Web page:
The study of criminal careers is of increasing interest in criminology. It is now generally recognised that it is important to try to understand criminal behaviour across the life-course rather than focusing on fragmented incidents which provide only a partial picture. This is an accessible text which clarifies the crucial theoretical and methodological debates surrounding the study of criminal careers.
It focuses on some major longitudinal studies discussing the onset, persistence, desistance and the duration of a criminal career. The important topics of prediction, risk and specialisation are addressed. The challenging question of 'When do ex-offenders become like non-offenders?' points a way forward. The book concludes by proposing an even more ambitious approach to the topic of criminal careers.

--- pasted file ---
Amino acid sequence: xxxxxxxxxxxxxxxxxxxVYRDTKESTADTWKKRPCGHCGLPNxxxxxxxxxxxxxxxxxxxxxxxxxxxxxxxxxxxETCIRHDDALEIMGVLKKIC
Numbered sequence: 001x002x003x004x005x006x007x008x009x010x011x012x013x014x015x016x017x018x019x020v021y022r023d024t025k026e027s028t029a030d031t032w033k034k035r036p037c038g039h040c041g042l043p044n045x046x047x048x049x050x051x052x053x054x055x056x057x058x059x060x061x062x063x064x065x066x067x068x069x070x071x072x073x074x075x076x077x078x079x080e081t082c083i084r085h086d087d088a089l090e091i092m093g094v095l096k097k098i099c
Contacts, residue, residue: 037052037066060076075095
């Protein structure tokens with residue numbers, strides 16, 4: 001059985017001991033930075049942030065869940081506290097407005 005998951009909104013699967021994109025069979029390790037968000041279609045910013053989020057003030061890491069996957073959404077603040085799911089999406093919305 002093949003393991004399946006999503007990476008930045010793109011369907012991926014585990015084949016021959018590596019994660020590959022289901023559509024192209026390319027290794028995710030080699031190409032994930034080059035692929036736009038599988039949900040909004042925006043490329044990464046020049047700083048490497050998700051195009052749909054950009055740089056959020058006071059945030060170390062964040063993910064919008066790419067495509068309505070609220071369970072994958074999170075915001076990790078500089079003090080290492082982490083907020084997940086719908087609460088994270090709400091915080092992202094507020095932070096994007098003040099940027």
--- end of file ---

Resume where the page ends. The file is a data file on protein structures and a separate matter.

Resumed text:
Table of Contents
1. Introduction 2. The Great Debate: Competing Theoretical Approaches and Methodological Issues 3. The Great Solution? The Major Longitudinal Studies 4. When Does It All Start? The Onset of a Criminal Career 5. How Long Does It Last? Persistence, Desistence and the Duration of a Criminal Career 6. Specialisation 7. Dangerousness - Prediction and Risk 8. When Do Ex-offenders Become Like Non-offenders? 9. What's Wrong With Criminal Careers? Moving Forward
Keith Soothill is Emeritus Professor of Social Research at the University of Lancaster.
Claire Fitzpatrick is a Lecturer in Criminology at the University of Lancaster.
Brian Francis is Professor of Social Statistics at the University of Lancaster.